Army `spy' in bid to expose agent's life of crime
Impartial Reporter
18 Dec 2003

A man who admits spying for the British Army in Fermanagh in the
1990s is mounting a legal bid to "expose" another army agent still
living in Enniskillen.
Sam Rosenfeld, a Londoner, lived in Irvinestown for three years until
1993 under the assumed name of Tommy Doheny. He says he worked
undercover and passed intelligence information to his army handler.

The spy says he worked closely with another man, who is still
living in Enniskillen. Rosenfeld says he wants to expose this man who
has been involved in serious crime, including drug dealing, money
laundering and "bringing subversives into Northern Ireland."

However, the man was allowed to continue his life of crime
because he was an agent for the security forces.

Even more seriously, Rosenfeld believes the man has questions to
answer over a person's suspicious and violent death in the county.

"There was an investigation into that loss of life, and I believe
he was there that day the person died," said Rosenfeld. "At the end
of the day, human life is sacred. Nobody has the right to take life,
and cover it up with the excuse of national security."

Rosenfeld has given the name of the intelligence agent to the
Impartial Reporter, but we are not publishing it for legal reasons.
The former spy has been keeping his identity secret since leaving
Northern Ireland in 1993, but voluntarily emerged into the public eye
last week when he served a witness summons on alleged Belfast agent,
Freddie Scappaticci, alias "Stakeknife." He says he is responding to
attempts by the Ministry of Defence to have him arrested to silence

"I want to get these people into court to answer questions which
will clear my name," Rosenfeld told the Impartial Reporter. "Another
man in Enniskillen is well-known and apparently respectable. But I
want to see him held accountable, he destroyed my life."

Rosenfeld alleges that while in Fermanagh, he spied on terrorist
groups, passing on information. He worked solely with the Enniskillen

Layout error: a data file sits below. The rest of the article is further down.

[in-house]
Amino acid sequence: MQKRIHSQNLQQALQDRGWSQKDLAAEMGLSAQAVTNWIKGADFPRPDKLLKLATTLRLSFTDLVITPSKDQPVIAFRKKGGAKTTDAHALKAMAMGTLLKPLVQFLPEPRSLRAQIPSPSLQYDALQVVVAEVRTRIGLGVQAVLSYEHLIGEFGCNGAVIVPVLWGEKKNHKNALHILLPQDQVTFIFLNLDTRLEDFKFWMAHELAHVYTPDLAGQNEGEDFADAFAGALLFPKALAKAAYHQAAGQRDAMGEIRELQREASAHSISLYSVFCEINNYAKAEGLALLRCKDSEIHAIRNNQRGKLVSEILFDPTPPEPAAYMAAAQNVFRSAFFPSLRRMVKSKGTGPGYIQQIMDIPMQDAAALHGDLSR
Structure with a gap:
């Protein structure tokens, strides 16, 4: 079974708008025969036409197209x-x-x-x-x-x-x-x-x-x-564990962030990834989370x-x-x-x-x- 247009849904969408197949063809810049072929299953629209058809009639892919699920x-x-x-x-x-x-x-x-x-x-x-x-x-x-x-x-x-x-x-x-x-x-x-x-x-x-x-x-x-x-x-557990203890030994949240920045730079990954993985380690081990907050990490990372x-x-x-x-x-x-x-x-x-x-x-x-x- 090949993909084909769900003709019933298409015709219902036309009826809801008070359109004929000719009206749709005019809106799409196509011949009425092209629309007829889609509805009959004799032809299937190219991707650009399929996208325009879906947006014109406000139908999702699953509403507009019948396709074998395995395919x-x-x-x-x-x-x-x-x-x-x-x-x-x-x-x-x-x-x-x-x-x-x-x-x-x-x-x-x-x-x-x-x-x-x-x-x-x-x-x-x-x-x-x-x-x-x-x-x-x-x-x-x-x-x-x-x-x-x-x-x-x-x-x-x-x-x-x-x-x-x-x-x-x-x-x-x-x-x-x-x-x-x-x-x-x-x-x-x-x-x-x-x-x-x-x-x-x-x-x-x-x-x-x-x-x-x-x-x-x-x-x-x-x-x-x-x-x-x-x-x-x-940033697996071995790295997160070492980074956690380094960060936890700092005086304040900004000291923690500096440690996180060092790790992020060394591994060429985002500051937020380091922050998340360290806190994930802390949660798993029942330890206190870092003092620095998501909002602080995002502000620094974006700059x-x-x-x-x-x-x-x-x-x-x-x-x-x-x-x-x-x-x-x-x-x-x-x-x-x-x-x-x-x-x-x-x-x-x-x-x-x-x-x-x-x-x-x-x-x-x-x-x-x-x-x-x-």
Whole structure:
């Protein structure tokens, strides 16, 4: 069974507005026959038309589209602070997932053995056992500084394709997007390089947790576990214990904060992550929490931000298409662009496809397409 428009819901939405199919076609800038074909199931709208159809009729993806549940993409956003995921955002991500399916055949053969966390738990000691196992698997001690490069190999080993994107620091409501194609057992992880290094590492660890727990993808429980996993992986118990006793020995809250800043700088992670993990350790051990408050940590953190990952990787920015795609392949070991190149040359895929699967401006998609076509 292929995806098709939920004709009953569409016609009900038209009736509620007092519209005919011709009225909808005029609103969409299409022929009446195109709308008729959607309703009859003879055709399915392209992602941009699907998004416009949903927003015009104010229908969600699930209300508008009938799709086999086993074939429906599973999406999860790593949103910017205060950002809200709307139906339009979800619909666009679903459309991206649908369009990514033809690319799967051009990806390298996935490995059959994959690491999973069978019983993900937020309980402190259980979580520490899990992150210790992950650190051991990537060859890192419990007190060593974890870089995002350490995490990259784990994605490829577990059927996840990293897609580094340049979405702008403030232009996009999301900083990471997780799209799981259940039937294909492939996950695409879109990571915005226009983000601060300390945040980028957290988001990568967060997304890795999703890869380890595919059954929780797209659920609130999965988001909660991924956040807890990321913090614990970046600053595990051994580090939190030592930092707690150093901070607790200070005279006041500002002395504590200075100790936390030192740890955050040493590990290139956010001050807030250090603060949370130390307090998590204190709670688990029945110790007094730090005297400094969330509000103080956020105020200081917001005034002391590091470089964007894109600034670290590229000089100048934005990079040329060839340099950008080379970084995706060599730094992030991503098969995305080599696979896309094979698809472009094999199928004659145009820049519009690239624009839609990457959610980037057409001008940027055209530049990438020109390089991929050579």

agent he is now pursuing through the courts.

"Stupidly, I trusted the Army," said Rosenfeld. "I didn't do
anything wrong, and everything they asked me to do he was involved
in. But then I discovered that he was involved in all sorts of crime,
which was swept under the carpet because he was gathering
intelligence for the Army."

As Rosenfeld became increasingly disillusioned in the early
1990s, he claims he was ruthlessly dealt with. Firstly, his home was
raided by security forces, and his partner, pregnant at the time,
subsequently lost her baby.

Then he was charged in connection with a stolen car; charges
which he believes were fabricated to discredit him. When it came to
court in 1993, he was told to leave Northern Ireland.

"There isn't a morning I waken up but don't think of that little
daughter who is buried in Breandrum cemetery in Enniskillen," says
Rosenfeld. "And before I go to bed at night, I think of her. I can't
even go to see her grave.

"I have never been told the reason for the raid on my home which
led to her death. A police officer laughed in my face at my loss at
the time, and said `you're next.' I have suffered a great deal as a
result of all this."

Rosenfeld insists: "That man in Enniskillen and all the others
must be exposed. He is not an innocent man; he knows who I am talking
about and I will not rest until I get him into a court of law."

An emotional Rosenfeld went on: "I sat in an office in Aughnacloy
with an Army Colonel, who told me to forget what happened to me and
move on. How can I? I need answers, I need closure. I've been fobbed
off for 11 years; they can shoot me, they can cut me into pieces, but
as long as I have a breath, I'll keep going until I see these people
in court."

Claims of crime during undercover work by British agents in
Fermanagh during the "Troubles" are not new. Following revelations
that the Army's "Force Research Unit" engaged in murky activities
throughout the Province have led to a file being sent to the Director
of Public Prosecutions on Gordon Kerr, a senior officer based at St.
Angelo barracks near Enniskillen. Sam Rosenfeld's army handler was a
member of FRU, the group within the army responsible for tough
counter-terrorism measures. It has been alleged that this unit's
activities resulted in collusion with loyalists involved in murder.

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